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New badges get Girl Scouts prepared for 21st century

Tuesday, October 11, 2011   (2 Comments)
Posted by: Josie Duckett Boyd
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New badges get Girl Scouts prepared for 21st century

By Michelle Healy, USA TODAY

Girl Scouts will soon have new, up-to-date badges for their vests and sashes.

Along with popular, longtime activities including cooking, athletics and first aid, girls will earn insignia for immersing themselves in product design, digital filmmaking, "locavore" (local food) awareness and customer loyalty — which should be particularly useful given Girl Scouts' $700 million annual cookie business. The new badges come as the nearly 3.2- million-member organization gears up for next year's 100th anniversary.

MORE: Girl Scout cookies go high-tech: Smartphone sales
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"This is the first major update (of badges) at every level since 1987," says Alisha Niehaus of Girl Scouts of the USA. "We kept some favorites but added new ones that will help girls build the leadership skills they'll need for success in the 21st century."

Gone is 1987's Fashion, Fitness and Makeup badge; in its place, a Science of Style badge has girls explore use of nanotechnology in fabrics and the chemistry of sunscreens.

Other new badges are on financial literacy, public policy and website design. And to help girls master skills needed to tough it out in a sometimes crazy world, there's the Science of Happiness badge. Developed in conjunction with "positive psychology" researcher Martin Seligman of the University of Pennsylvania, it helps "teach girls how to find happiness in their own lives," Niehaus says.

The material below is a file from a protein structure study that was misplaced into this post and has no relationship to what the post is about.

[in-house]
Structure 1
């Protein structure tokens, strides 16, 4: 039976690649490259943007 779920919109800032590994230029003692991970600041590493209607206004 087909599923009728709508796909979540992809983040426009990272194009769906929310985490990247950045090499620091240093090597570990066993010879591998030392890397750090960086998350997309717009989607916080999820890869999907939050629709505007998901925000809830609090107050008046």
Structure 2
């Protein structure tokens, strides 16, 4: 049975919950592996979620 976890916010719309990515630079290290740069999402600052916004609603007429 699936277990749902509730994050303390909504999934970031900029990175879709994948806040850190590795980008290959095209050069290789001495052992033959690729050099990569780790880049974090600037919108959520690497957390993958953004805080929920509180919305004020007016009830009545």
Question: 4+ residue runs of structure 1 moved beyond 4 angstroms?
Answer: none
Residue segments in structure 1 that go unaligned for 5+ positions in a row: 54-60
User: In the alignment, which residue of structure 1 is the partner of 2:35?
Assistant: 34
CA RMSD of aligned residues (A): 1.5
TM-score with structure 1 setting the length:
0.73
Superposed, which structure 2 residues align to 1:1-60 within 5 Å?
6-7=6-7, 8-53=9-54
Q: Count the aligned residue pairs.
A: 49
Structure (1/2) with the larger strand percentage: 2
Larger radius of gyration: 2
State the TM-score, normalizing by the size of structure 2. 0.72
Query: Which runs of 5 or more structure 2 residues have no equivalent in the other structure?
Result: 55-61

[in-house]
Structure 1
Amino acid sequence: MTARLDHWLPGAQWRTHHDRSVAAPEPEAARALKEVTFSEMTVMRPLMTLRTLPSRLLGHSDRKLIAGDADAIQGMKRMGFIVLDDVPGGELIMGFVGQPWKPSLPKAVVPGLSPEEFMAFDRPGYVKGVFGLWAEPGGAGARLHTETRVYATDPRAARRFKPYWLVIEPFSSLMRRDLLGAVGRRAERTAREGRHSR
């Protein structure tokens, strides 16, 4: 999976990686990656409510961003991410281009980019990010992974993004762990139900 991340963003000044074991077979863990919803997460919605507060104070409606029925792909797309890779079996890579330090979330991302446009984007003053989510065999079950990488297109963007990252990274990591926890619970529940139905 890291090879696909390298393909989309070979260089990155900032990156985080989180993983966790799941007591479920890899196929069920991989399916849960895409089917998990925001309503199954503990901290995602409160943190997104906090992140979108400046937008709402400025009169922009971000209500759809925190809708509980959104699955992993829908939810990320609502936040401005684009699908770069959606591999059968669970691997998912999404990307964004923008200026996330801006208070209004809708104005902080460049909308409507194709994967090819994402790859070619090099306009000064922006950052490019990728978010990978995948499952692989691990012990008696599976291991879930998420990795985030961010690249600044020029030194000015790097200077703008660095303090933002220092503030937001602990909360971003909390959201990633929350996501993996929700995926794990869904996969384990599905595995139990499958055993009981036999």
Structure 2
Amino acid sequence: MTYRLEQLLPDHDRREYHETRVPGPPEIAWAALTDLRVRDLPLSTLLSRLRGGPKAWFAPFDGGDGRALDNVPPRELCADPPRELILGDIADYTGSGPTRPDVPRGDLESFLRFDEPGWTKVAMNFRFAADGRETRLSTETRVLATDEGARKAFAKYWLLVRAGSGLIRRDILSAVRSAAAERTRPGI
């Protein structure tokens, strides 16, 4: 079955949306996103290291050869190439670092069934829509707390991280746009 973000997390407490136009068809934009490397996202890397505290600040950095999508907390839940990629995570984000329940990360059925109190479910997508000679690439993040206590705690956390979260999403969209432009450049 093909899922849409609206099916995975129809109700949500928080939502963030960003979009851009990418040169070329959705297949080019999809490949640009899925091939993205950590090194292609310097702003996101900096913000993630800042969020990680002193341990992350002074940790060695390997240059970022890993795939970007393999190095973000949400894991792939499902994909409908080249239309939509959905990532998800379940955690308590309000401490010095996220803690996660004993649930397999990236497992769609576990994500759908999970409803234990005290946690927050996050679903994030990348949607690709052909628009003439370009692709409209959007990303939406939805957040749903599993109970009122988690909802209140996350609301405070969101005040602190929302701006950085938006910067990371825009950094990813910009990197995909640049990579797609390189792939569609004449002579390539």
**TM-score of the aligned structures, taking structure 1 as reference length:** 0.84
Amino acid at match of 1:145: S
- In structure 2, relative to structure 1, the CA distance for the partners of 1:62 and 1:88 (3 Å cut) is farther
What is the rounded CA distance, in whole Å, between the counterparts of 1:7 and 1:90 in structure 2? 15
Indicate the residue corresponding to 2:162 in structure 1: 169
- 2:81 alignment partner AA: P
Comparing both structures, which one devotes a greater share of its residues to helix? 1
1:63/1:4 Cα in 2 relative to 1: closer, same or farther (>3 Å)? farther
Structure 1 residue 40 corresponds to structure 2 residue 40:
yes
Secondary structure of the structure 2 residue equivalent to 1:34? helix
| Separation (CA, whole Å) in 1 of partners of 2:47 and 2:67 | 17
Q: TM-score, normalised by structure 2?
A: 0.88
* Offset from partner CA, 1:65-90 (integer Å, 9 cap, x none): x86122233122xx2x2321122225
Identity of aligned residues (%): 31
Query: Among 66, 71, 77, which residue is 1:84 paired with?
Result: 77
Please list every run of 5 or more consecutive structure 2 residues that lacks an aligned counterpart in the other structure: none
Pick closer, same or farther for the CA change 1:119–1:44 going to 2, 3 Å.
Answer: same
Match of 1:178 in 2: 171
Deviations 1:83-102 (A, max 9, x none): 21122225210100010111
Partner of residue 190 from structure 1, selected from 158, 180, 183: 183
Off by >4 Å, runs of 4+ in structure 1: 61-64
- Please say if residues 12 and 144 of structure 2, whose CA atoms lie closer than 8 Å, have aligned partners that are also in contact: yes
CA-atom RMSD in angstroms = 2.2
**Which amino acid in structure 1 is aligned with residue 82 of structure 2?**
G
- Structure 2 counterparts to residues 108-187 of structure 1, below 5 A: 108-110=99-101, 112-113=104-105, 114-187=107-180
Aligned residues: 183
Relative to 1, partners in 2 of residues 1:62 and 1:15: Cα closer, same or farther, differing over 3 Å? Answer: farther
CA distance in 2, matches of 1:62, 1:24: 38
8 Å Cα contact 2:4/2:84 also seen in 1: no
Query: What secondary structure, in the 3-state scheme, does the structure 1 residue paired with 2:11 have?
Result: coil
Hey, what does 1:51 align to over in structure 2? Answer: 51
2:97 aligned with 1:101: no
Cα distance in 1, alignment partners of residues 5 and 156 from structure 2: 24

In addition to the 136 subject-specific badges, there are "Make Your Own" badges available at all six Girl Scout age levels to give girls the opportunity to explore any interest they choose.

Girl Scouts of the USA turned to business strategy consultant Jump Associates for help developing the new badges, Niehaus says. In focus groups, "girls asked for more challenge and more creativity. They asked for fun with purpose."

A study in February by sociology researcher Kathleen Denny in the journal Gender & Society found gender stereotypes in a Girl Scouts manual, suggesting the program was ready for an overhaul.

Niehaus says changes already had begun when the study was published. In addition to badges, Girl Scouts also recently introduced a program of "leadership journeys," activities grouped around themes such as the environment, advocacy and self-esteem through self-expression.








Tina Ninteman (Taggart) says...
Posted Friday, October 21, 2011
The thing I hear from my girls is that they don't want the badges to be like being in school. They spend enough time in school they don't want to do that at scout too. I say "Put the OUTING back into SCOUTING!" Get the girls doing thing that will help them survive the real world. They will figure out what they want to be by going through school.
Elma M. Kunz (MacMurray) says...
Posted Tuesday, October 11, 2011
Girl Scouting and its badges has always been on the cutting edge of the real world. My own 1931 edition of the Handbook, includes "Motorist " and Electrician" badges. But I question the need for a "Happiness" badge! Mastering skills creates self-esteem and happiness, The big problem will be convincing leaders to let girls do probram planning. I have been a voluteer trainer, and it was difficult to convince leaders that THEY should not present a program to the girls. I wish there were fewer "patches" that often replace earned badges.

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